The crowning achievement came in 1996 though, when actor Cage met producer Jerry Bruckheimer. Their marriage, resulting in the slam-bam coupling of the two greatest American action films since Buster Keaton, still resonates to this day. I'm referring to "The Rock" and "Con Air". Not only did these two films represent a shift in modern filmmaking (spearheading the magnificent idea that no film can be digested without 12,345 edits per 200 feet of film) but they transformed Nicholas Cage from American actor to AMERICAN ACTOR. Just look at those pecks in "Con Air", or the twirly blonde hair he sports. Even in "The Rock", he grandstands an aging Sean Connery and a spineless Ed Harris. Nicholas Cage was now the new American icon.

But the defining of Cage as actor didn't end there. After 1997, Cage entered a golden age of acting, embodying stellar performance after stellar performance. There was his re-admission into the heart throb category opposite Meg Ryan in the beautifully nuanced "City of Angels", a film that said so much with so little. The same could be said for his 2004 masterpiece, "Captain Corelli's Mandolin". And there was "Gone In Sixty Seconds", a throwback to 70's two-lane blacktop cinema that still holds up today, perhaps even more than the original 70's motor fests. And who could forget Cage's bid as the modern Jimmy Stewart with 2001's "The Family Man".

Even today, Cage is still choosing roles carefully. After twenty years in front of American audiences, he continues to fascinate and enthrall. Think back to the succession of films that Jack Nicholson churned out between 1969 and 1975. For the last six years, Cage duplicated that feat: "Windtalkers", "Sonny", "National Treasure" (probably the most entertaining film of the last 50 years!), The Wicker Man", "Ghost Rider" and "Next". Not only does this series of films prove that Cage is still burning the candles at both ends, but he's transformed himself into a cypher of modern emotions and characters. He is everyman, and he's no one. But I could go on all day. I'll simply let the images above speak louder than my feeble words. If Brando doesn't come to mind, then you're fuckin' crazy....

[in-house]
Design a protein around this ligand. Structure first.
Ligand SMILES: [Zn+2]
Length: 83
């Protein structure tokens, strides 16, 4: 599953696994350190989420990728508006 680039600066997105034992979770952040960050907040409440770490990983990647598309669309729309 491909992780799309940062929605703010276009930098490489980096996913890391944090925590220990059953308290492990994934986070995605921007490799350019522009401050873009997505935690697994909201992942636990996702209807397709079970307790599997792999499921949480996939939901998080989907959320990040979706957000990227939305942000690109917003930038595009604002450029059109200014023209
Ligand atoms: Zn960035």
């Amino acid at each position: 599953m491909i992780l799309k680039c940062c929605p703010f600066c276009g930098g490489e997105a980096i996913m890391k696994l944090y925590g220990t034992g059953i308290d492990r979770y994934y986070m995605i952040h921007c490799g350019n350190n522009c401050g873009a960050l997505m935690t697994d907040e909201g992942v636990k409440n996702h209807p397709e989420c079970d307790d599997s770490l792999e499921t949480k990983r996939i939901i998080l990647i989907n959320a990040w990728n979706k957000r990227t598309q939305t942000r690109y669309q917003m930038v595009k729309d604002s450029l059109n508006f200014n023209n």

Anonymous said...

Excellent post! And I mean that in a non-Bizarro way.

Nicholas Cage is a strange Hollywood anomaly. He regularly received praise for what I consider to be shitty performances.

In addition to the video you posted on this, I would add this one:

Joe Baker said...

Thanks Ray. You know, I almost included The Wicker Man video, but I've seen it posted so many places, that I felt its power may be diluted. This clip, on the hand, is so loopy that it's hypnotic. And a damn fine representation of America's greatest living actor to boot!

Steffi said...

I actually enjoyed reading through this posting.Many thanks.

Cage Trailers